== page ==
misty- we "pick up the tab" everyday for people without healthcare...they take it out of my check. i know many people without healthcare and it's really bad in florida. i dont have healthcare and i'm denied healthcare not because i was/am a smoker...but because i've had an illness everyone has had, bronchitis...they consider it a pre-existing condition. (my firends' 3 year old has had it, he doesn't smoke and neither do his parents) my arguement wasn't against the obese and the smokers, for that matter you can attack the chicks who are baby factories, or guys ho don't pay child support...we pick up that tab too ya was against the sin tax, and where to draw the line. My point was that increasing the tax doesn't help fund places to reform, but that it creates more crime. i dont want to pay for anyone else's mistakes either, but i'm not going to let the government decide what is sinful and what isn't, and then tax it.
Comment by Robyn on April 8, 2009 at 11:37am
cara- lol i thought they filled out a 10-90
Comment by Krysis on April 8, 2009 at 11:56am
As i said in the chat lol:

1. But who decides whether they are “evil?”
Anything with the potential to kill a human being (notice its a human being and not any other form of life) is deemed evil... yet most (if not all) deny the human potential to kill eachother, or at least are in denial about it. so technically of all things evil WE are the evil-est...?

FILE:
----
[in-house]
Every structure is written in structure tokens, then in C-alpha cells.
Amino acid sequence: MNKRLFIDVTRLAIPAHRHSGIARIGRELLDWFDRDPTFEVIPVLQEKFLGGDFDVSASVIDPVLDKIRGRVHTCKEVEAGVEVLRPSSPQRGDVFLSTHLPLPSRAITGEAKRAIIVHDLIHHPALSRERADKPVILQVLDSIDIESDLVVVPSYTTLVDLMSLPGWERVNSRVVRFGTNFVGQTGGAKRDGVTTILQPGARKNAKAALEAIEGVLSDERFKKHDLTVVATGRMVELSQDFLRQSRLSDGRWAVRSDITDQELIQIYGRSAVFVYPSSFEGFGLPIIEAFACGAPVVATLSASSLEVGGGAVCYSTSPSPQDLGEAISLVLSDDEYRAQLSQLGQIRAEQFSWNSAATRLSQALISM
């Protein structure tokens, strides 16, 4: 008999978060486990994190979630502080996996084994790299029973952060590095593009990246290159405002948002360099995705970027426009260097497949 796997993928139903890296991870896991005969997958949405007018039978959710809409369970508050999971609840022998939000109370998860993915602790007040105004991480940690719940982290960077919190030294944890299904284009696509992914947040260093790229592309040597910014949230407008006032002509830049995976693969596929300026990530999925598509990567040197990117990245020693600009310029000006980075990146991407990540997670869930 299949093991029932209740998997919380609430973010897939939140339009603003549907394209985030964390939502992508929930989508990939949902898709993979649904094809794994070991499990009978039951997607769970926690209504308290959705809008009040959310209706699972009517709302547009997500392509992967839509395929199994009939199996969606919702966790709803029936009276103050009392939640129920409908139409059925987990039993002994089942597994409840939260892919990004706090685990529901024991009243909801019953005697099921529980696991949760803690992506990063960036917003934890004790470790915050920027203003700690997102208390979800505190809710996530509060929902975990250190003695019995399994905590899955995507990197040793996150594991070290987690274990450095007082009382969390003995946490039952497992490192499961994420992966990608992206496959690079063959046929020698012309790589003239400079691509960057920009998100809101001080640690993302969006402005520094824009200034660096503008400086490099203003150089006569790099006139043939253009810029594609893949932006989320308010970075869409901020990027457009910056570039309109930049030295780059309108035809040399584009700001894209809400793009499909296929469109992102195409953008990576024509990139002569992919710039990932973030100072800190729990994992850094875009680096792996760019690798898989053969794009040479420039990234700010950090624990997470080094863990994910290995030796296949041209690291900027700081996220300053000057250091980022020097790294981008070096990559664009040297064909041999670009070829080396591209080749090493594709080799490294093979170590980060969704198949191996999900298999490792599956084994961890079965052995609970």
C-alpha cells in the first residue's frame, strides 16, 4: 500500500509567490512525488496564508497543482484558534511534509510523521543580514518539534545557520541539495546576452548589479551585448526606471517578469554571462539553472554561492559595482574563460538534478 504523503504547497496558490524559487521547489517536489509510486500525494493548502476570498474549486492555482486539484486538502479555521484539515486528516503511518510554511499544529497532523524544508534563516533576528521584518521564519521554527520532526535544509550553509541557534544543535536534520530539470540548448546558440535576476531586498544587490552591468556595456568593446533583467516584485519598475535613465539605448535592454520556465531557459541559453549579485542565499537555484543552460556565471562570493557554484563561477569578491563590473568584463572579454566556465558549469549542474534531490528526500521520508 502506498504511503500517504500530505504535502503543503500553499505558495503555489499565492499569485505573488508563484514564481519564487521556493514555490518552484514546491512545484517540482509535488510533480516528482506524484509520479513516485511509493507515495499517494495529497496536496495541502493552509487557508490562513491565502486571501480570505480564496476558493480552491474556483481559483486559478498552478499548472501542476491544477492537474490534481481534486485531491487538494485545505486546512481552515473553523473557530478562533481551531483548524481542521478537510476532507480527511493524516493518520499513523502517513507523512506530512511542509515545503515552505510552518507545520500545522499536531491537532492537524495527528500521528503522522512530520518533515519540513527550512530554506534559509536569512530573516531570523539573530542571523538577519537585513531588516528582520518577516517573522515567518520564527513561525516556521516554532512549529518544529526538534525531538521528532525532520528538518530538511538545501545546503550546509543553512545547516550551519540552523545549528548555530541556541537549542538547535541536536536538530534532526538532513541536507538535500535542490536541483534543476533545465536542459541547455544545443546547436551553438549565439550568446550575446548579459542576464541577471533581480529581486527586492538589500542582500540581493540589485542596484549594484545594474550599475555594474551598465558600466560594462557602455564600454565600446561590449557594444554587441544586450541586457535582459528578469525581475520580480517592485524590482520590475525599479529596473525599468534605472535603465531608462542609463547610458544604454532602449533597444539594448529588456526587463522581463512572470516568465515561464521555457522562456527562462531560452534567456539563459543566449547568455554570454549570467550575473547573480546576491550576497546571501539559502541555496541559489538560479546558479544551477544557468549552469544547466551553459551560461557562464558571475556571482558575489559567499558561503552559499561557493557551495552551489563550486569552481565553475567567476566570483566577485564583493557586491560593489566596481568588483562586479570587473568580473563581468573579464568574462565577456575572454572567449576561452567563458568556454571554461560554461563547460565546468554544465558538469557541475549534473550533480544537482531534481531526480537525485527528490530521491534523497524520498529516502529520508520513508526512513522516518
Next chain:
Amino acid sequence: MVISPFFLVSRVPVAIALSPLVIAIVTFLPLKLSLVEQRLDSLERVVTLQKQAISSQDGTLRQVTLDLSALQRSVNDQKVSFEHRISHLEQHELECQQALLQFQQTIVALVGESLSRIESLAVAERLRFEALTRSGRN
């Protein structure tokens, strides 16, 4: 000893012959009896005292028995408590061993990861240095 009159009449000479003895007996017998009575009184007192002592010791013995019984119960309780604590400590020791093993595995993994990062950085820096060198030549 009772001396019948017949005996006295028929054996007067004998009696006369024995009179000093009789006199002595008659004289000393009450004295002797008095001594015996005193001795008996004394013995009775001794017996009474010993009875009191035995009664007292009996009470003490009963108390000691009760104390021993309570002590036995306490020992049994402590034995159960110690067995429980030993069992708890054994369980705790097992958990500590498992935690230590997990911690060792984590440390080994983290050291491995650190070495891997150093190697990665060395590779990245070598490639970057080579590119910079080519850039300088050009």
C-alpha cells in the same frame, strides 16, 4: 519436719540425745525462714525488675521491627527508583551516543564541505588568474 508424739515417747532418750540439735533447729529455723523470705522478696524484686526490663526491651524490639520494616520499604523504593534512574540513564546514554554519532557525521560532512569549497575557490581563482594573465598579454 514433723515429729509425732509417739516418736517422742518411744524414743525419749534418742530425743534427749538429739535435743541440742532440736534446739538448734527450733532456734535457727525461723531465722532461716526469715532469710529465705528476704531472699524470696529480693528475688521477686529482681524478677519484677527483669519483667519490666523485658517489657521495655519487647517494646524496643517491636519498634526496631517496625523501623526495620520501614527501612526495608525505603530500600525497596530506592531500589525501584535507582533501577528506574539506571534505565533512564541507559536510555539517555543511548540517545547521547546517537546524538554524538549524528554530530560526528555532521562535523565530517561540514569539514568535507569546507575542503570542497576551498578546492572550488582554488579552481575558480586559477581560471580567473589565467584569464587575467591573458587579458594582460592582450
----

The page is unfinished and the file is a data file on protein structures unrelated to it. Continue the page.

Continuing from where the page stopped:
What rehab is offered for smokers?
Hey they have rehab for WoW players :P but there are alot fewer rehab centers for tobacco, might be because its less of a concern with people whilst drunk drivers are a danger to many, tobacco doesn't effect you as bad and isn't as dangerous to the ones around you (except 2nd hand smoking) one rehab i found was:
Tho i know nothing of the healthcare conflict with tobacco... but i've seen plenty of drugs that claim they can fix the habit :/

In either case, the sin tax is tried to be played as "proper and necessary" tho not explicitly, i just don't like the name, i do realize of taxing such goods would bring some to a fit which makes sense the same way for me if they started to overtax video games -.- But tax is necessary at some points (but not when bailout money is spent on bonuses for big businesses, or other unknown sources). Tho taxes are necessary for a government i believe the government needs to grow the fuck up and spend wisely or else every single good will be overtaxed because gov't cant decide on what money to spend more on...


You need to be a member of Think Atheist to add comments!

Join Think Atheist

© 2022   Created by Rebel.   Powered by

Badges  |  Report an Issue  |  Terms of Service